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8.38 pm

The Minister for Rural Affairs and Local Environmental Quality (Alun Michael): I welcome the hon. Member for Maidstone to her new role—[Hon. Members: "Maidenhead."] I beg your pardon, Mr. Deputy Speaker. I welcome the hon. Member for Maidenhead (Mrs. May) to her role, and welcome her recovery from compulsory laryngitis. I look forward to having detailed debates with her about environmental issues when she has been able to engage with them a little longer and understands what this Government have done to protect the environment from a local to an international level. I also thank all hon. Members who

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have spoken in tonight's debate. I will not be able to do justice to all the detailed issues that were raised, but I hope to respond to the main themes.

One of the clearest tributes to the attractiveness of the programme set out in the Queen's Speech, which is designed to improve the quality of life for people in this country, came from the right hon. and learned Member for Rushcliffe (Mr. Clarke), who was clearly so satisfied with the speech that he said very little about it, and nothing about the topics of the debate, but focused on reform of the House of Lords. It was not entirely helpful to the Government, but he made it clear where his mind was focused.

He was honest enough to say that he opposes the Government's approach to higher education funding and is happy to abandon the idea of increasing the number and proportion of our young people who are able to study for a degree—an opinion with which many Members on the Government Benches would disagree passionately. The hon. Member for Wantage (Mr. Jackson) and the right hon. Member for Kensington and Chelsea (Mr. Portillo) have also disagreed with that view.

I want to focus on today's topics of local government, environment and transport. I found it significant that it was not until 5.46 pm that my hon. Friend the Member for Morley and Rothwell (Mr. Challen) made the first serious contribution on the environment—I shall return to that in a few minutes. In fact, the debate in general shows that there is real meat in our programme. My hon. Friend the Member for Sheffield, Attercliffe (Mr. Betts) addressed the challenge of legislation on houses in multiple occupation and the licensing of landlords, which is good news for those of us who have dealt with housing issues at a constituency level over many years.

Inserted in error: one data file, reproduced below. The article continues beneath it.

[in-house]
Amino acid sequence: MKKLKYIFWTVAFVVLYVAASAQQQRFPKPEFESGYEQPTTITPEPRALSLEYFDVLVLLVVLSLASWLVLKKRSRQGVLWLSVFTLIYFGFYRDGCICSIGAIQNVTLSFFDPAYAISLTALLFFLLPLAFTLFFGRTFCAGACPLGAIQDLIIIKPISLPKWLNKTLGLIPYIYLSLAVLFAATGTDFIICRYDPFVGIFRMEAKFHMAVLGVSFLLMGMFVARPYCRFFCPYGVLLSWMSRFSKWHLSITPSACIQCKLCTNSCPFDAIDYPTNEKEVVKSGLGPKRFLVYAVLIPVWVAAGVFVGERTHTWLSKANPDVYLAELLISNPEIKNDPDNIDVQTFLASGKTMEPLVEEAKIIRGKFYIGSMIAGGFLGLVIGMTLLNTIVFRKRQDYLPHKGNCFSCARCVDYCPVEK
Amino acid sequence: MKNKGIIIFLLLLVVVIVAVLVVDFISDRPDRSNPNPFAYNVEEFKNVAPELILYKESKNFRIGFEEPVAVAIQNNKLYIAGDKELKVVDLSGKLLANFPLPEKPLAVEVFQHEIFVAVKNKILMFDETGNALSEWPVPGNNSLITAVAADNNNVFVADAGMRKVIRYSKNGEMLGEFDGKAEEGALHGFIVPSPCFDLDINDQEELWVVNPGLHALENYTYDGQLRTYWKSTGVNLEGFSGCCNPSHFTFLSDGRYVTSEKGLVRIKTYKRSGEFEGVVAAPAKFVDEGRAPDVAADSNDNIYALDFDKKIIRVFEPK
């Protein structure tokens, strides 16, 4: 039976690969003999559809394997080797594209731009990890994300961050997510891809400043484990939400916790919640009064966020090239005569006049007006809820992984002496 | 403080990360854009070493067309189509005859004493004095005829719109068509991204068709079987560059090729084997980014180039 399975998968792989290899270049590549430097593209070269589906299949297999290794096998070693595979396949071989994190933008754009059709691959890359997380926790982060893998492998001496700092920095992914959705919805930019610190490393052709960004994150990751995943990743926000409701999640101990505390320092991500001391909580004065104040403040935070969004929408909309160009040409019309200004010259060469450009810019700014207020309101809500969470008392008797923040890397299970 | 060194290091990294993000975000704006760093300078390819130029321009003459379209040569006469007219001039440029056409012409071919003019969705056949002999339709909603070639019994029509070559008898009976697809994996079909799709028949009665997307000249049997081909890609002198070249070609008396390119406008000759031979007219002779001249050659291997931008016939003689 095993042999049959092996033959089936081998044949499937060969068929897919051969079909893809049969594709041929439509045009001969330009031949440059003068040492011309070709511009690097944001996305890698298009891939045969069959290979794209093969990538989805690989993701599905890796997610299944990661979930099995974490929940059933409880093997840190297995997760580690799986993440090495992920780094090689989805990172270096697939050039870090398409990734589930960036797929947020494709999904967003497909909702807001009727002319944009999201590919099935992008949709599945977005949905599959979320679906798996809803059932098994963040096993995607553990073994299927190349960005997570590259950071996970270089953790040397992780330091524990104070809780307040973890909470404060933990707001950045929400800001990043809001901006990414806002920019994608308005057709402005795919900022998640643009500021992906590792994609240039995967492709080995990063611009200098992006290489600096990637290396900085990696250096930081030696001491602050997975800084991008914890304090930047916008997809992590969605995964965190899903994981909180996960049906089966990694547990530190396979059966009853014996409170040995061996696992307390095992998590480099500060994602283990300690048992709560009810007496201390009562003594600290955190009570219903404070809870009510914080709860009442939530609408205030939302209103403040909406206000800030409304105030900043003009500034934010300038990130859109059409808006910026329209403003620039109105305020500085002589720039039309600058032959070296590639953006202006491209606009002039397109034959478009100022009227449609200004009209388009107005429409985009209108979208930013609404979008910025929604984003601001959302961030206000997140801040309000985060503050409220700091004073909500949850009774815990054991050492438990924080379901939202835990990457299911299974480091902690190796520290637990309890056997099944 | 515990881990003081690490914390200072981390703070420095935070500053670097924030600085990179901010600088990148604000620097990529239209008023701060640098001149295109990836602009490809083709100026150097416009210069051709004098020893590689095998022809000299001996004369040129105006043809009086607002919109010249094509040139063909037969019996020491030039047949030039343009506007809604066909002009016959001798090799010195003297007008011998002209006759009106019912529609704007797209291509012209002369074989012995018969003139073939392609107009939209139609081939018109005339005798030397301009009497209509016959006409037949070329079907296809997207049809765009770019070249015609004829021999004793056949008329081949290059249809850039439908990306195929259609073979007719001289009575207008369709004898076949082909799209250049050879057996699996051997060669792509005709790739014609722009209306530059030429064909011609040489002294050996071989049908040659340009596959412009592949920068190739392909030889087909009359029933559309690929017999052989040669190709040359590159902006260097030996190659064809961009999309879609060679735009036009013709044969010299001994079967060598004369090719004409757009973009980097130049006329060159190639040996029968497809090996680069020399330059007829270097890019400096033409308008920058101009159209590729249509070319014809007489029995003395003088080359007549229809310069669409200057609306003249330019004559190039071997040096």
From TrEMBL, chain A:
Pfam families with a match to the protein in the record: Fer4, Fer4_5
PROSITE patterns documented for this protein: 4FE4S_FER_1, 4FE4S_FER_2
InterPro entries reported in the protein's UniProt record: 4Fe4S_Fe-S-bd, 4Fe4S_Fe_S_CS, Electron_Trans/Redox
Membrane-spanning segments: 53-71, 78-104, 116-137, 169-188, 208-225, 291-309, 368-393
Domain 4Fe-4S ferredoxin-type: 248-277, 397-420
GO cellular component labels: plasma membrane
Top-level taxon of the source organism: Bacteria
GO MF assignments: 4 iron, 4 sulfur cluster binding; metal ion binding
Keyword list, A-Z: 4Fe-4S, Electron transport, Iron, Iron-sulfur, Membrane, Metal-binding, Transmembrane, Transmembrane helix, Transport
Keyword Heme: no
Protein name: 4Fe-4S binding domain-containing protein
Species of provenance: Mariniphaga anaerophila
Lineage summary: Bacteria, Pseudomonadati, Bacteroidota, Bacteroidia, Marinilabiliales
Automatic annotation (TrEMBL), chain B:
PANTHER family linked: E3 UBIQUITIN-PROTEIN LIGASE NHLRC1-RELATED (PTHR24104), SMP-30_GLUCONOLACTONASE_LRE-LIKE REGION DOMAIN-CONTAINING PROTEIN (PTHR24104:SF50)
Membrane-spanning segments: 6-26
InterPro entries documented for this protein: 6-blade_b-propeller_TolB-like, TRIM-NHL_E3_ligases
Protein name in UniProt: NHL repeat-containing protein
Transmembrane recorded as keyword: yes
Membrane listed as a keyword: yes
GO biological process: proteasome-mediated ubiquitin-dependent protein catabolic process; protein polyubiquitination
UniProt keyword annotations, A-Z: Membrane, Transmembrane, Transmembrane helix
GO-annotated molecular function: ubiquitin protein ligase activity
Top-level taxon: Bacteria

I was surprised that the right hon. Member for Skipton and Ripon (Mr. Curry), who spoke for the official Opposition, sought to rubbish the idea of a package to protect house purchasers. I have to say that he is out of touch with the reality of buying and selling houses, and that my right hon. Friend the Deputy Prime Minister has got it right with his proposals for the sellers' pack. I was even more surprised to hear the right hon. Gentleman abandon his promise to discuss what is in the Queen's Speech to demand that regional assemblies in England be given the same powers as the Scottish Parliament. The hon. Member for South Holland and The Deepings (Mr. Hayes) took a different view: he was critical of the regional dimension in government, appearing not to realise the extent to which regional government existed by 1997, when the Government were first elected. We have made regional government more effective, coherent and accountable. This is a Government with a policy for regional government—a Government who are giving people the choice on making regional government accountable to their elected representatives. I would say to Conservative Members that it behoves none of us who were elected to talk down the importance of accountability to an electorate.

Mr. Curry: In relation to accountability, the Government have clearly said that regional assemblies will have a very small number of elected representatives—the figure of 30 to 35 is quoted. As I understand the Government's proposition, some of those members will be elected by proportional

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representation and some by constituency. There are 5 million people in Yorkshire and Humber. Can the Minister tell us how accountability will be enforced and improved by removing district councillors, who represent a few hundred—perhaps a few thousand—electors, in favour of regional assembly representing 250,000 people?